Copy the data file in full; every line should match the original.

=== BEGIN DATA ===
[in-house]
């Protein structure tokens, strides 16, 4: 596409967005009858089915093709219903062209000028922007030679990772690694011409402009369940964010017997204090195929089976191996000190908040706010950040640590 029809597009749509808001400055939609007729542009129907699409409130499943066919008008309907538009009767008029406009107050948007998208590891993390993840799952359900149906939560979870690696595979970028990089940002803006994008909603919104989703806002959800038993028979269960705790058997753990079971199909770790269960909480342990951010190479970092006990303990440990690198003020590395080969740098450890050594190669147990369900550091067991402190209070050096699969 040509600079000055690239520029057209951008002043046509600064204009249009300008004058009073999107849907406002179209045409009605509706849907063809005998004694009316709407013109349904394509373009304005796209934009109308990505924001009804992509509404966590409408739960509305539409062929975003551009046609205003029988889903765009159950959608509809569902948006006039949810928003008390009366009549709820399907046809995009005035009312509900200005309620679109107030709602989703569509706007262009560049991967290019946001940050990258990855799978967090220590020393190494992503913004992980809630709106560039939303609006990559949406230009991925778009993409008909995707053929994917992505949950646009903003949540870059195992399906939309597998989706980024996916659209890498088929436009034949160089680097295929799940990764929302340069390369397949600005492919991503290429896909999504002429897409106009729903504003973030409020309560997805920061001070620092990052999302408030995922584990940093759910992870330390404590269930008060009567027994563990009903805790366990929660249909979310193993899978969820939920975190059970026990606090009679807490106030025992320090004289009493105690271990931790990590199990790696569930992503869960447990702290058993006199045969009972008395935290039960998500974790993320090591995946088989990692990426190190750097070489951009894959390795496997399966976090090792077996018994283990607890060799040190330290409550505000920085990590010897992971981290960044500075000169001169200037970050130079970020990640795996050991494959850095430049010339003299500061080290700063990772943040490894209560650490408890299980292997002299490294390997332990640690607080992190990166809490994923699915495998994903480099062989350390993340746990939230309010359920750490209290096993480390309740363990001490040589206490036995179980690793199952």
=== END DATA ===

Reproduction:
[in-house]
């Protein structure tokens, strides 16, 4: 596409967005009858089915093709219903062209000028922007030679990772690694011409402009369940964010017997204090195929089976191996000190908040706010950040640590 029809597009749509808001400055939609007729542009129907699409409130499943066919008008309907538009009767008029406009107050948007998208590891993390993840799952359900149906939560979870690696595979970028990089940002803006994008909603919104989703806002959800038993028979269960705790058997753990079971199909770790269960909480342990951010190479970092006990303990440990690198003020590395080969740098450890050594190669147990369900550091067991402190209070050096699969 040509600079000055690239520029057209951008002043046509600064204009249009300008004058009073999107849907406002179209045409009605509706849907063809005998004694009316709407013109349904394509373009304005796209934009109308990505924001009804992509509404966590409408739960509305539409062929975003551009046609205003029988889903765009159950959608509809569902948006006039949810928003008390009366009549709820399907046809995009005035009312509900200005309620679109107030709602989703569509706007262009560049991967290019946001940050990258990855799978967090220590020393190494992503913004992980809630709106560039939303609006990559949406230009991925778009993409008909995707053929994917992505949950646009903003949540870059195992399906939309597998989706980024996916659209890498088929436009034949160089680097295929799940990764929302340069390369397949600005492919991503290429896909999504002429897409106009729903504003973030409020309560997805920061001070620092990052999302408030995922584990940093759910992870330390404590269930008060009567027994563990009903805790366990929660249909979310193993899978969820939920975190059970026990606090009679807490106030025992320090004289009493105690271990931790990590199990790696569930992503869960447990702290058993006199045969009972008395935290039960998500974790993320090591995946088989990692990426190190750097070489951009894959390795496997399966976090090792077996018994283990607890060799040190330290409550505000920085990590010897992971981290960044500075000169001169200037970050130079970020990640795996050991494959850095430049010339003299500061080290700063990772943040490894209560650490408890299980292997002299490294390997332990640690607080992190990166809490994923699915495998994903480099062989350390993340746990939230309010359920750490209290096993480390309740363990001490040589206490036995179980690793199952």